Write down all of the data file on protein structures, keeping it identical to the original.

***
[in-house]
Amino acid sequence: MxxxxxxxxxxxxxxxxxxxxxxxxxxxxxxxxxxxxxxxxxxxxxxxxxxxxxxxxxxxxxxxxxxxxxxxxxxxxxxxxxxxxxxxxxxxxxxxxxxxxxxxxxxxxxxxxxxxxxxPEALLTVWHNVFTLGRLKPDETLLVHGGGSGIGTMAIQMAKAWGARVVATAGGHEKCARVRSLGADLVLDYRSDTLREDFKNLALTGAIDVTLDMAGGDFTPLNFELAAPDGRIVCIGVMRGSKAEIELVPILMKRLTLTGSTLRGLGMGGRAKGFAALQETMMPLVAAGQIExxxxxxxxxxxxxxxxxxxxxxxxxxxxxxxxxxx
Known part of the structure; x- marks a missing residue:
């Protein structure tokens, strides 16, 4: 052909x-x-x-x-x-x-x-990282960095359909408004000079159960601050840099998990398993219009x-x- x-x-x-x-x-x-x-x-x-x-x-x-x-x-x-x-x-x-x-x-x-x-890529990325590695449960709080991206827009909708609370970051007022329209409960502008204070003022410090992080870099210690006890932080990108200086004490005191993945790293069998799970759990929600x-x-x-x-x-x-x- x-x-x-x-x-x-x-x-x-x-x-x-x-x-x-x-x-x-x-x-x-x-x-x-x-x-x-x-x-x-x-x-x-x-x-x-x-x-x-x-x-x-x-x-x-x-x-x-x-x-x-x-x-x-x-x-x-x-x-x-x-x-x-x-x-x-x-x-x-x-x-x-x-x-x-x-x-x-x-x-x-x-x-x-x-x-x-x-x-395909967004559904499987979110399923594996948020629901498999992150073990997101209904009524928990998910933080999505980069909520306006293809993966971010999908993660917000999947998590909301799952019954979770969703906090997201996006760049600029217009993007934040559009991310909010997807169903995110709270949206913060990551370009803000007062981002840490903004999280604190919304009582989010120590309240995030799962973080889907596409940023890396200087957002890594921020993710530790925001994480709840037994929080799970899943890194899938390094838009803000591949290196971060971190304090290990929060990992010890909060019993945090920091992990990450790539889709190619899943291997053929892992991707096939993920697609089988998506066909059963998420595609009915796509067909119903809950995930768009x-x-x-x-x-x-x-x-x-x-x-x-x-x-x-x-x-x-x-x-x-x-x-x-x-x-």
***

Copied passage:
[in-house]
Amino acid sequence: MxxxxxxxxxxxxxxxxxxxxxxxxxxxxxxxxxxxxxxxxxxxxxxxxxxxxxxxxxxxxxxxxxxxxxxxxxxxxxxxxxxxxxxxxxxxxxxxxxxxxxxxxxxxxxxxxxxxxxxPEALLTVWHNVFTLGRLKPDETLLVHGGGSGIGTMAIQMAKAWGARVVATAGGHEKCARVRSLGADLVLDYRSDTLREDFKNLALTGAIDVTLDMAGGDFTPLNFELAAPDGRIVCIGVMRGSKAEIELVPILMKRLTLTGSTLRGLGMGGRAKGFAALQETMMPLVAAGQIExxxxxxxxxxxxxxxxxxxxxxxxxxxxxxxxxxx
Known part of the structure; x- marks a missing residue:
């Protein structure tokens, strides 16, 4: 052909x-x-x-x-x-x-x-990282960095359909408004000079159960601050840099998990398993219009x-x- x-x-x-x-x-x-x-x-x-x-x-x-x-x-x-x-x-x-x-x-x-x-890529990325590695449960709080991206827009909708609370970051007022329209409960502008204070003022410090992080870099210690006890932080990108200086004490005191993945790293069998799970759990929600x-x-x-x-x-x-x- x-x-x-x-x-x-x-x-x-x-x-x-x-x-x-x-x-x-x-x-x-x-x-x-x-x-x-x-x-x-x-x-x-x-x-x-x-x-x-x-x-x-x-x-x-x-x-x-x-x-x-x-x-x-x-x-x-x-x-x-x-x-x-x-x-x-x-x-x-x-x-x-x-x-x-x-x-x-x-x-x-x-x-x-x-x-x-x-x-395909967004559904499987979110399923594996948020629901498999992150073990997101209904009524928990998910933080999505980069909520306006293809993966971010999908993660917000999947998590909301799952019954979770969703906090997201996006760049600029217009993007934040559009991310909010997807169903995110709270949206913060990551370009803000007062981002840490903004999280604190919304009582989010120590309240995030799962973080889907596409940023890396200087957002890594921020993710530790925001994480709840037994929080799970899943890194899938390094838009803000591949290196971060971190304090290990929060990992010890909060019993945090920091992990990450790539889709190619899943291997053929892992991707096939993920697609089988998506066909059963998420595609009915796509067909119903809950995930768009x-x-x-x-x-x-x-x-x-x-x-x-x-x-x-x-x-x-x-x-x-x-x-x-x-x-």